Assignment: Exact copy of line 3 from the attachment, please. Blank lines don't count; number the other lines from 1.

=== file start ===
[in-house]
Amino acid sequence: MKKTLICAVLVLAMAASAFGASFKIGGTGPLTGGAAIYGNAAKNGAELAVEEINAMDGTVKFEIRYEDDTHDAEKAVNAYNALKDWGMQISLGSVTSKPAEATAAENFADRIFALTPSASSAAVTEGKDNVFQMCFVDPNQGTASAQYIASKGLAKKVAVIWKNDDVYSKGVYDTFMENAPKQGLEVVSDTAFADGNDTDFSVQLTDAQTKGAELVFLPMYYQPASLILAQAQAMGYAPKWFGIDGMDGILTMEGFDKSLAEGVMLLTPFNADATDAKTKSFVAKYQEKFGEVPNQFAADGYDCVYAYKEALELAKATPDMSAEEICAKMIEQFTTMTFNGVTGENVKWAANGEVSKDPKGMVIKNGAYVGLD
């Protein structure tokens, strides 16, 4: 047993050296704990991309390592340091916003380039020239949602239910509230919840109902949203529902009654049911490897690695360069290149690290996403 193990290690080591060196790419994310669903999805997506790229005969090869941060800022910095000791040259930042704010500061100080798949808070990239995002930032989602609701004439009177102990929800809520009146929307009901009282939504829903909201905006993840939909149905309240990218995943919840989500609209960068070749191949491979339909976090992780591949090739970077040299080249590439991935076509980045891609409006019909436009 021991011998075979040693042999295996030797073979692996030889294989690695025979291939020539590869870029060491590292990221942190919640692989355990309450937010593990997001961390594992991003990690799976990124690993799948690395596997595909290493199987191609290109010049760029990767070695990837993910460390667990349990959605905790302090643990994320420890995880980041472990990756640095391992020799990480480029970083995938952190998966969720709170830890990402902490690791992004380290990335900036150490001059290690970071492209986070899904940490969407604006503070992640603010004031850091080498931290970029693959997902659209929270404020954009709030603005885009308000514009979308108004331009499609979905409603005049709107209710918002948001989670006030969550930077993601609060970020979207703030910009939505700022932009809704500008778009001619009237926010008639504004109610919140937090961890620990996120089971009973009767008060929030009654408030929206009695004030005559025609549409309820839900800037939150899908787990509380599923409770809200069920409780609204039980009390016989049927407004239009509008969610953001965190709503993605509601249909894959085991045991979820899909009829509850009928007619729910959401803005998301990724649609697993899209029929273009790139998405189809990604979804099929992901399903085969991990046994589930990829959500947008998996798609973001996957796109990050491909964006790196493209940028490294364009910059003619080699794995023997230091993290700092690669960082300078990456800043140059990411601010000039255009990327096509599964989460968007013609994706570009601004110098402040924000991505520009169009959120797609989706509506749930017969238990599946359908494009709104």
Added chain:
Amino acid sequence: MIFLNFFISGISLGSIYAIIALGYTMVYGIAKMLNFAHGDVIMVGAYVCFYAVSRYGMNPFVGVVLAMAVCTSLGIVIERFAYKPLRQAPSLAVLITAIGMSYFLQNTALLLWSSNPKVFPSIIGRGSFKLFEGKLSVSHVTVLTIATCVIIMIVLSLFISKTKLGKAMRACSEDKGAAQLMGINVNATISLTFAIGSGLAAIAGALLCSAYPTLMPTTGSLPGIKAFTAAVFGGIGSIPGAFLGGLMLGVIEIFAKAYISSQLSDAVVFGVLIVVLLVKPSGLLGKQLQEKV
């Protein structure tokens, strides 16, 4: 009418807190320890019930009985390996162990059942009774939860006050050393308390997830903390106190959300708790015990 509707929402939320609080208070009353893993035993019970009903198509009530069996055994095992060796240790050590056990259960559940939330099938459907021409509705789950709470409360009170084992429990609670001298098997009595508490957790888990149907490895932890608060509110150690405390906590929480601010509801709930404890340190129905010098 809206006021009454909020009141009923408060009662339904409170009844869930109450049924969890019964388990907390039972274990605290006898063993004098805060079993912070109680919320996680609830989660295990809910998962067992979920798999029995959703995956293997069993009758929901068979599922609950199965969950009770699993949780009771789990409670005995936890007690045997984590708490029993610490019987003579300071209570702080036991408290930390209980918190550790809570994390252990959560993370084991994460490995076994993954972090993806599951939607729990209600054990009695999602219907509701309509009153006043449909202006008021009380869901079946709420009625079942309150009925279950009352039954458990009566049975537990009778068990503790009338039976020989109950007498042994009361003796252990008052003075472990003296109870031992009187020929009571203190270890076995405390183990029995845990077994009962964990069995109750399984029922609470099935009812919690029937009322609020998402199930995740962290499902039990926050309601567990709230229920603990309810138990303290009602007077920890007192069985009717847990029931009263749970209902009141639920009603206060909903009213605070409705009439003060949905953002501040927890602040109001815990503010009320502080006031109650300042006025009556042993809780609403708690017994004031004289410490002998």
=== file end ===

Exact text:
């Protein structure tokens, strides 16, 4: 047993050296704990991309390592340091916003380039020239949602239910509230919840109902949203529902009654049911490897690695360069290149690290996403 193990290690080591060196790419994310669903999805997506790229005969090869941060800022910095000791040259930042704010500061100080798949808070990239995002930032989602609701004439009177102990929800809520009146929307009901009282939504829903909201905006993840939909149905309240990218995943919840989500609209960068070749191949491979339909976090992780591949090739970077040299080249590439991935076509980045891609409006019909436009 021991011998075979040693042999295996030797073979692996030889294989690695025979291939020539590869870029060491590292990221942190919640692989355990309450937010593990997001961390594992991003990690799976990124690993799948690395596997595909290493199987191609290109010049760029990767070695990837993910460390667990349990959605905790302090643990994320420890995880980041472990990756640095391992020799990480480029970083995938952190998966969720709170830890990402902490690791992004380290990335900036150490001059290690970071492209986070899904940490969407604006503070992640603010004031850091080498931290970029693959997902659209929270404020954009709030603005885009308000514009979308108004331009499609979905409603005049709107209710918002948001989670006030969550930077993601609060970020979207703030910009939505700022932009809704500008778009001619009237926010008639504004109610919140937090961890620990996120089971009973009767008060929030009654408030929206009695004030005559025609549409309820839900800037939150899908787990509380599923409770809200069920409780609204039980009390016989049927407004239009509008969610953001965190709503993605509601249909894959085991045991979820899909009829509850009928007619729910959401803005998301990724649609697993899209029929273009790139998405189809990604979804099929992901399903085969991990046994589930990829959500947008998996798609973001996957796109990050491909964006790196493209940028490294364009910059003619080699794995023997230091993290700092690669960082300078990456800043140059990411601010000039255009990327096509599964989460968007013609994706570009601004110098402040924000991505520009169009959120797609989706509506749930017969238990599946359908494009709104």